Jonesboro First United Methodist Church
Tuesday, December 12, 2017
Gather - Grow - Give - Go... with Gratitude!

History

170 years and counting …

There are very few records from the early days of the church here in Jonesboro. We do know the Jonesboro Methodist Church was established in 1845, though no record of a deed could be found. Eight members are listed for the first congregation. By 1850, the roll had grown to 15 members. When someone joined the church, they were given a “certificate” or church letter, which seems to have been very important. In one instance, a committee had to be appointed to determine whether a certain person really had a certificate or not. Another case was about a certain woman who had let her church letter “run out” so to speak, and had to be voted back into membership. In other words, letters of membership expired just like current day driver’s licenses. It appears that the “certificates” or “letters” of membership became outmoded by the end of the 1930’s. Up until the early 1900’s, it was mandatory that if a member was accused of dissension concerning the discipline of the church, or personal offense, slander, lying, gossiping, or immoral conduct, they could be tried by the church and, if found guilty, their certificate would be revoked (or you might say they were given their “walking papers.”)

The first church for the Methodists (of which we have no picture) was located on Stockbridge Street, on the east side of the railroad, and it was in Fayette County, since Clayton County had not yet been formed. The official designation was “Methodist Episcopal Church.” A few years later, the church bought property on the west side of the railroad and built a white frame, columned structure which was used as the church until 1905. This structure stood until a few years ago in the area of our back parking lot, on what is know known as College Street. It later was purchased by the First Baptist Church, and when they no longer had use for it, they offered it to any historical group who wanted to buy it and have it moved. 

The third church building was located on Main Street and used until the spring of 1966 when it was torn down to make room for the present building erected on the same site. Rev. Fred Shellnut was our pastor during the erection of the new building. Changes and additions have been going on ever since. The present Youth Building, having been adjoined to the 1905 building was moved to its present location. The Administration building (originally the Education Building), was erected in 1955 and dedicated in 1958 by Bishop Arthur Moore. That building is still used for Sunday School classes.

The new education building was erected in 1966, the Christian Activities Building in 1984. In 1989, we purchased a new parsonage, which was sold in 2004. There are two houses in Jonesboro that have served as parsonages that are still standing. South of the church on the left-hand side of Main Street is a two-story white frame house, most recently used as an antique store, that was the Methodist parsonage in the 1930’s. One of our members, Lucy Huie, was the preacher’s daughter and remembers her time spent as a child in that house. Her father was the Rev. Cline. The other parsonage is on the north side next to the Lee Street Elementary School.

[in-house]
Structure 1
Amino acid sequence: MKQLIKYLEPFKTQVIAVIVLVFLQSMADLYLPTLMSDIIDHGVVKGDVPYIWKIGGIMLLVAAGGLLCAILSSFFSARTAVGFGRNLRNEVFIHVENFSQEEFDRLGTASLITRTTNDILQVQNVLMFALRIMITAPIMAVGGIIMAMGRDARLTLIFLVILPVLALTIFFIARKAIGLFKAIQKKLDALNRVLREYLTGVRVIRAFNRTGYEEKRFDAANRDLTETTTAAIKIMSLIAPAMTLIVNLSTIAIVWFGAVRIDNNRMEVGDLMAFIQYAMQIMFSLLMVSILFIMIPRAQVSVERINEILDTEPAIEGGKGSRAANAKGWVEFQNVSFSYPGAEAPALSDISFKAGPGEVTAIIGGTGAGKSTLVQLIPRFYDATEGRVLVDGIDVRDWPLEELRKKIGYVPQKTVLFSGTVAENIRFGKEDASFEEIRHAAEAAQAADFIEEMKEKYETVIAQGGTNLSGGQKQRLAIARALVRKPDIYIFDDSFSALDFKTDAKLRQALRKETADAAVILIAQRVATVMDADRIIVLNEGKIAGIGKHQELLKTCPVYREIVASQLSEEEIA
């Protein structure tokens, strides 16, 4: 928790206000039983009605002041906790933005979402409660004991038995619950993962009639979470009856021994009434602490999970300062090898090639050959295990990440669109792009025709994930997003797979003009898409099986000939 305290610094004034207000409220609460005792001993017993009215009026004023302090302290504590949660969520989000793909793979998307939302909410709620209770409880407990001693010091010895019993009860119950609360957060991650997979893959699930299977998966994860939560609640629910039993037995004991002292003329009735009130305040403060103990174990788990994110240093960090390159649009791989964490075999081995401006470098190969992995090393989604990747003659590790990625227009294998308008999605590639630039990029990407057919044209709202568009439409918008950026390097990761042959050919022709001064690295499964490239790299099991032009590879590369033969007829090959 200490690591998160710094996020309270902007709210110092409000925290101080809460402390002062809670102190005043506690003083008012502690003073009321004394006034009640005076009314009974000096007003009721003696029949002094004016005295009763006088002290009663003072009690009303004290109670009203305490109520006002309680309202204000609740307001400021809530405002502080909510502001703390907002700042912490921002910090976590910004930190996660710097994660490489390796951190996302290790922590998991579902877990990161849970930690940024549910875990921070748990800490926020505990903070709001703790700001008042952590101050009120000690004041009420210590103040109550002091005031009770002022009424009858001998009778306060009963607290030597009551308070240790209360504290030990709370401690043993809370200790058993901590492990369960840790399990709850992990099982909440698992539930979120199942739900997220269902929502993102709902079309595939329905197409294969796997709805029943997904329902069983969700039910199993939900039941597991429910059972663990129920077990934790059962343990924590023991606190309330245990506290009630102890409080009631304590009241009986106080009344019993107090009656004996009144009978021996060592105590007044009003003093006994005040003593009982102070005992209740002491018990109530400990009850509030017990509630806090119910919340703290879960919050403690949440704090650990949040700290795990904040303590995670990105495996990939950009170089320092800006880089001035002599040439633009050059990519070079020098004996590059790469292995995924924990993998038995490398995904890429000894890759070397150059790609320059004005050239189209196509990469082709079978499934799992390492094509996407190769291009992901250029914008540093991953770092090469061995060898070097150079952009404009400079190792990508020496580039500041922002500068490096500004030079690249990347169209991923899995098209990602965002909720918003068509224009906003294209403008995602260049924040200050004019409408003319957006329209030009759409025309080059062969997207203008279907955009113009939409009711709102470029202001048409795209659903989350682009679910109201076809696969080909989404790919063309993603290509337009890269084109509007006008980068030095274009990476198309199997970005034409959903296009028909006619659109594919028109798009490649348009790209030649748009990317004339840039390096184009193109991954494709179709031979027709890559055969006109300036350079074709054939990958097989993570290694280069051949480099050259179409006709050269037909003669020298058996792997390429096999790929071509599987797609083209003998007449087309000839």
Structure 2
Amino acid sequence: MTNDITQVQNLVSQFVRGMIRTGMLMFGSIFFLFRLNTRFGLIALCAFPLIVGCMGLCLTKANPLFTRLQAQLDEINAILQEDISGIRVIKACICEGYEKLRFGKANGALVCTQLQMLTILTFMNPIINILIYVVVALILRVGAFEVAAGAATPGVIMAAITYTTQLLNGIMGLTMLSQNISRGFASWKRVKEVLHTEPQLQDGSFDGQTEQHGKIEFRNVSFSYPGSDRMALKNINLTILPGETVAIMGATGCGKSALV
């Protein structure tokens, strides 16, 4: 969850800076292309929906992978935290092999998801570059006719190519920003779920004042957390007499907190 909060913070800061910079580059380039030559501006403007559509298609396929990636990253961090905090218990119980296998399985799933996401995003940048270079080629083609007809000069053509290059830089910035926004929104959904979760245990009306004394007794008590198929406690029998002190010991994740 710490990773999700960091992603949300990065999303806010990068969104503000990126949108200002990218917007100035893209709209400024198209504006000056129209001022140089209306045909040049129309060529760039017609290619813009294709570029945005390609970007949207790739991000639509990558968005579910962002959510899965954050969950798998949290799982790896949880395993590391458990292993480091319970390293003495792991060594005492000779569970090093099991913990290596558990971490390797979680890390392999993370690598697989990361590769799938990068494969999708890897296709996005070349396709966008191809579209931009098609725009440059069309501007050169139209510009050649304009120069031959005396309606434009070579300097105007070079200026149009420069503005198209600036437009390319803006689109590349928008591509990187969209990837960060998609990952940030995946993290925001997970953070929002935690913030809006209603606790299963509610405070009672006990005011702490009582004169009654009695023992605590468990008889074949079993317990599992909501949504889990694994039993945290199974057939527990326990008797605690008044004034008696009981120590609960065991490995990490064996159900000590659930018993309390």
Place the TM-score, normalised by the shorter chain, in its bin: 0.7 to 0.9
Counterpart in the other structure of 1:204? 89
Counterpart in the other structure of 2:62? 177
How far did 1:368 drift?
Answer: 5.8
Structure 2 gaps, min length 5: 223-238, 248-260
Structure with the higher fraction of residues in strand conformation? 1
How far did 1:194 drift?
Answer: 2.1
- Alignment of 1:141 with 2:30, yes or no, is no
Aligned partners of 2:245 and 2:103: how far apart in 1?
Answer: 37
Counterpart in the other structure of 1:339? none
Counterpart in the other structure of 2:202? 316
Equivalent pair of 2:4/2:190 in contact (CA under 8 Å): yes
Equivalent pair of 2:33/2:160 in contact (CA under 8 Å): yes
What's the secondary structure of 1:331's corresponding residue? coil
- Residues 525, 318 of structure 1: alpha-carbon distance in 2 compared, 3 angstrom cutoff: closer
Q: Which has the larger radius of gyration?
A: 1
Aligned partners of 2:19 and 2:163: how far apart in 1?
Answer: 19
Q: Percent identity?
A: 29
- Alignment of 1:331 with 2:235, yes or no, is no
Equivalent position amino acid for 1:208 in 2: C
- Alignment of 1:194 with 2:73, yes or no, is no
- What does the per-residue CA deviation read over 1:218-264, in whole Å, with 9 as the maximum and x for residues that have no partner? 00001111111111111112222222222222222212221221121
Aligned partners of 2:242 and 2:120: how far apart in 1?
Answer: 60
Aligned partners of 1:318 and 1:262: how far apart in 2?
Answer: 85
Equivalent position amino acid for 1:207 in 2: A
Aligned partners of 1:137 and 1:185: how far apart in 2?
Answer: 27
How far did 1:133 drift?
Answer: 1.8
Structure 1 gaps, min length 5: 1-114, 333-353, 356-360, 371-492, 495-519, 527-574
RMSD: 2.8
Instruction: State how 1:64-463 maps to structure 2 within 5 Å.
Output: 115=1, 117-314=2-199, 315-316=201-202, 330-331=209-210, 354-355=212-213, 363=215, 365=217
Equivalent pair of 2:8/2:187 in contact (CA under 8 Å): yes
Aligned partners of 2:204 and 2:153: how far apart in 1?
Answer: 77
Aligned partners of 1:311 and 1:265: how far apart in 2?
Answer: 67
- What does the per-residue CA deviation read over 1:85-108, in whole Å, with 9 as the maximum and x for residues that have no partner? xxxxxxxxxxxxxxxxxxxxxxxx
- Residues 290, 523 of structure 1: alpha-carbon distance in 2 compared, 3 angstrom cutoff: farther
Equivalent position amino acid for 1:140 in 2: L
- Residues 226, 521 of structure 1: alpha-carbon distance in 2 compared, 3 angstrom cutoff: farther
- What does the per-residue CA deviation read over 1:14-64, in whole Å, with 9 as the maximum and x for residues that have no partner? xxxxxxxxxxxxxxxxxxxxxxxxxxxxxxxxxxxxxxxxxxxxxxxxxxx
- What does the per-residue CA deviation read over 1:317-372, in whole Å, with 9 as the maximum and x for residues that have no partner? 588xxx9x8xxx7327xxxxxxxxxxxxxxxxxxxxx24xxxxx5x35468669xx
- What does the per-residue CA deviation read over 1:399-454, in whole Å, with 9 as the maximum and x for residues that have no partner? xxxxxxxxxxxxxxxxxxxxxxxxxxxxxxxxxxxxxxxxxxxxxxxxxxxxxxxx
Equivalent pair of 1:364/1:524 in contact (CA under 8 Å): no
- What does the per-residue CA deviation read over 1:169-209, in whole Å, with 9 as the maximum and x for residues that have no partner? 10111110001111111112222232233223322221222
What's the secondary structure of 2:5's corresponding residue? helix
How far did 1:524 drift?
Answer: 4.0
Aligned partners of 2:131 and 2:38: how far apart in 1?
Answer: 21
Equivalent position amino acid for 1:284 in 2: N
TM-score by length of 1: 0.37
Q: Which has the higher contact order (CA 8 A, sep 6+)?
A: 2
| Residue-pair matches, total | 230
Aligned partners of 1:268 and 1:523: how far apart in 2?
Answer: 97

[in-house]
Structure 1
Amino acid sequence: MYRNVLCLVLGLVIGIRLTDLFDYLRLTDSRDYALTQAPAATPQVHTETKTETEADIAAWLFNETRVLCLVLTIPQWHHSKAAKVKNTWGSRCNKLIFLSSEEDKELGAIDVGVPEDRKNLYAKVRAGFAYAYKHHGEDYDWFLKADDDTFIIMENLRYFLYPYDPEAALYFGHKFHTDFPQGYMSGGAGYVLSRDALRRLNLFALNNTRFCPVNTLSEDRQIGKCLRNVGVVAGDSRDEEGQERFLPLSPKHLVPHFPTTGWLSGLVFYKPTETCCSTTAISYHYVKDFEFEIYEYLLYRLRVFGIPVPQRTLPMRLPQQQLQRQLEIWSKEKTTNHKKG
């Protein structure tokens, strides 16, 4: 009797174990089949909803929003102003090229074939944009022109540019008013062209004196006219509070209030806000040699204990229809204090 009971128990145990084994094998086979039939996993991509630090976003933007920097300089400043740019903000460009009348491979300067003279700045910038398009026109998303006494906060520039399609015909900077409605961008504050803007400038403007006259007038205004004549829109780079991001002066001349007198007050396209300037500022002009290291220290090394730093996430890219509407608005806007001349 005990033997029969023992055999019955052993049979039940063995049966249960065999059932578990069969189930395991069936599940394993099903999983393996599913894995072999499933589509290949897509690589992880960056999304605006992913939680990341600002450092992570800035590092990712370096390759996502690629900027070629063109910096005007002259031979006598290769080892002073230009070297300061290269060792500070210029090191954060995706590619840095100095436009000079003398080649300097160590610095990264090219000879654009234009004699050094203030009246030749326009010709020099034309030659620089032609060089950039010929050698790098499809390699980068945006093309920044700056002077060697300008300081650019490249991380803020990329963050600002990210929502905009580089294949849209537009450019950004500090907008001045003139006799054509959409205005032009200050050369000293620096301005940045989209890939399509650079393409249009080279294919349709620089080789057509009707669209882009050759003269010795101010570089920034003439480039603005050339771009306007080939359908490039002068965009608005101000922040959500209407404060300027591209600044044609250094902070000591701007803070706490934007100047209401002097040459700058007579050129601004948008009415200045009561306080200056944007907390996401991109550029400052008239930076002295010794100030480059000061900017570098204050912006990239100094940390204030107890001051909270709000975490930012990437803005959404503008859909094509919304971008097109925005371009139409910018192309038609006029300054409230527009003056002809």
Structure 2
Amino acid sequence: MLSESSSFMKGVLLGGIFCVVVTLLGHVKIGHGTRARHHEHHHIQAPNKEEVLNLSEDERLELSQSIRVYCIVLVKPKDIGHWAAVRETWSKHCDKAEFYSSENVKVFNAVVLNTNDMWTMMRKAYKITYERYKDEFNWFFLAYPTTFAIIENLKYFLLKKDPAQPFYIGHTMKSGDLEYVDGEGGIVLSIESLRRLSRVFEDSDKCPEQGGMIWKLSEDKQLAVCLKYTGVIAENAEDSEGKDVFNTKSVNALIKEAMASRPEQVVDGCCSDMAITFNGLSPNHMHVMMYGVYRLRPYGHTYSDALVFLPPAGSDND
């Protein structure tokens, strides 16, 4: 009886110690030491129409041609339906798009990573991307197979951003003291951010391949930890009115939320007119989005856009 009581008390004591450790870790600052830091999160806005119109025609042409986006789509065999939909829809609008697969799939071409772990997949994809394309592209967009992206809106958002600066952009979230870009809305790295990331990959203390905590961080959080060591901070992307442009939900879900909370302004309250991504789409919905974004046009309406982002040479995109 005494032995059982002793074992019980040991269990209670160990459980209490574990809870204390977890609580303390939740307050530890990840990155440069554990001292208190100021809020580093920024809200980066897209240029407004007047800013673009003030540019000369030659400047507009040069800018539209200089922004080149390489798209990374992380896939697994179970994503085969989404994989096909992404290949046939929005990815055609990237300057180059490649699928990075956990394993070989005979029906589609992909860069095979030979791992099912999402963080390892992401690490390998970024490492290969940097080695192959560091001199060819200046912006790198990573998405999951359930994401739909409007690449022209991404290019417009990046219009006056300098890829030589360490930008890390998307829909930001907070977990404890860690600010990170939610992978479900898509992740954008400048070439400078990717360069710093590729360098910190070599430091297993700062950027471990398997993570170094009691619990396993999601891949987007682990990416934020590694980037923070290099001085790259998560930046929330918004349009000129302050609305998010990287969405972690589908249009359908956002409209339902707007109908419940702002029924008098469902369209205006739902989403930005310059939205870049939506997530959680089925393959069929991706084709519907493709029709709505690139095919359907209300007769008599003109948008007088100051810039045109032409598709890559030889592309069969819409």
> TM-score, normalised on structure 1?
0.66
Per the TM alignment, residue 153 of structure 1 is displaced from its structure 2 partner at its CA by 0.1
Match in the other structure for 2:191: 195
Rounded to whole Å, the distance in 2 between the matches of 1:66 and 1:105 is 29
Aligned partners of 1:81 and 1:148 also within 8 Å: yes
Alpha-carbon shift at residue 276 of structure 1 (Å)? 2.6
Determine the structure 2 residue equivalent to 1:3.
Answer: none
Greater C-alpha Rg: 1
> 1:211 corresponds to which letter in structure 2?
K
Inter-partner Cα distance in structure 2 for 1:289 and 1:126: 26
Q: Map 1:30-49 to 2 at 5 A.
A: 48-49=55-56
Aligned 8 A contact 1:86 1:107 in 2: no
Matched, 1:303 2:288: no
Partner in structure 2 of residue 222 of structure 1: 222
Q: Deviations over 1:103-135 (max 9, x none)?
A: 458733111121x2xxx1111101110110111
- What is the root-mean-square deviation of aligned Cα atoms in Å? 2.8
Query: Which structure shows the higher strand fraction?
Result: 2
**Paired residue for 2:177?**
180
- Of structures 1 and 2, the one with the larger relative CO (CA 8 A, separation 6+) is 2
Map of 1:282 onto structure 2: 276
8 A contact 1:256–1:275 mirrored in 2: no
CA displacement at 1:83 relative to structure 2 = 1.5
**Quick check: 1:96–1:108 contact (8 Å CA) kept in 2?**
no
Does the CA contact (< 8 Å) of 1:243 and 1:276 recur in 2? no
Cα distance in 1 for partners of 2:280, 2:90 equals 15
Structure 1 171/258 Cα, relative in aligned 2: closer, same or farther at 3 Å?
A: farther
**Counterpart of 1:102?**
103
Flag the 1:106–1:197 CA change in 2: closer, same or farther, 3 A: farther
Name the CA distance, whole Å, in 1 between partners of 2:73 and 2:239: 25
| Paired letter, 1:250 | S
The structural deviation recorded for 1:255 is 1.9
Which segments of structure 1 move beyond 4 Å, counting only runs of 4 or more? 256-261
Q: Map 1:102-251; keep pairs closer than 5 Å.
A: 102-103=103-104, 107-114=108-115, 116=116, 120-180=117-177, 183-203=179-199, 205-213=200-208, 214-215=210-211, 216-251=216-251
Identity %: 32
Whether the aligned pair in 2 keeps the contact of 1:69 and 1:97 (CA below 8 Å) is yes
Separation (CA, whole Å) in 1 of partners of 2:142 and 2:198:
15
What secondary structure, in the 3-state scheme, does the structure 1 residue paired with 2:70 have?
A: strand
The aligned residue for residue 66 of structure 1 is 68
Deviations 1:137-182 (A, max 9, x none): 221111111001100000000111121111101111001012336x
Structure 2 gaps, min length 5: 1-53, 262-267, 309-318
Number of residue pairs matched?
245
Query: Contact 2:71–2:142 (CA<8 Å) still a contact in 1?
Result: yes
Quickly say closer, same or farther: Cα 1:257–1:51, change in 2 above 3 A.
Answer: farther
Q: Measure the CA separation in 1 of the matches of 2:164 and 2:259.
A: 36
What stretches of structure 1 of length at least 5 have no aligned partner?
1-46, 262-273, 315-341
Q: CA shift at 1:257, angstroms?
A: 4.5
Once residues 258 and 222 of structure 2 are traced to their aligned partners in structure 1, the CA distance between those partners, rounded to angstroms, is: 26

A Christian Activities Building was completed in 1984. The yellow brick house on the south corner was removed, parking revamped and paved, and the grounds landscaped. Someday, the church leaders may find a use for the south lot, but for now, the green grass looks good, and the area had been used for the Pumpkin Patch in October and yard sales organized by our youth ministries with funds used for mission and outreach.

By 2005, JFUMC membership had grown to 1456. Substantial increase in “outreach” to new members and “congregational activities” were initiated beginning in the mid 1990’s. These activities included: new visitor “Bread Outreach” project; Vacation Bible School and dedication of a new “Youth Building”; missions to Russia, Costa Rica, Venezuela and other countries. Locally, we helped build three Habitat for Humanity homes, in cooperation with other United Methodist Churches in Clayton County.

Entering the new millennium JUMC established a stronger visual presence on Main Street, expanding the narthex in the front of the sanctuary. A larger gathering area, parlor, restrooms, worship and orchestra areas were added along with a large bell tower. No doubt we will do no more than catch our collective breaths before we expand again so that we can continue to grow in ministry and service to this community as servants of the living God.

 Estelle N. Lantzy, Church Historian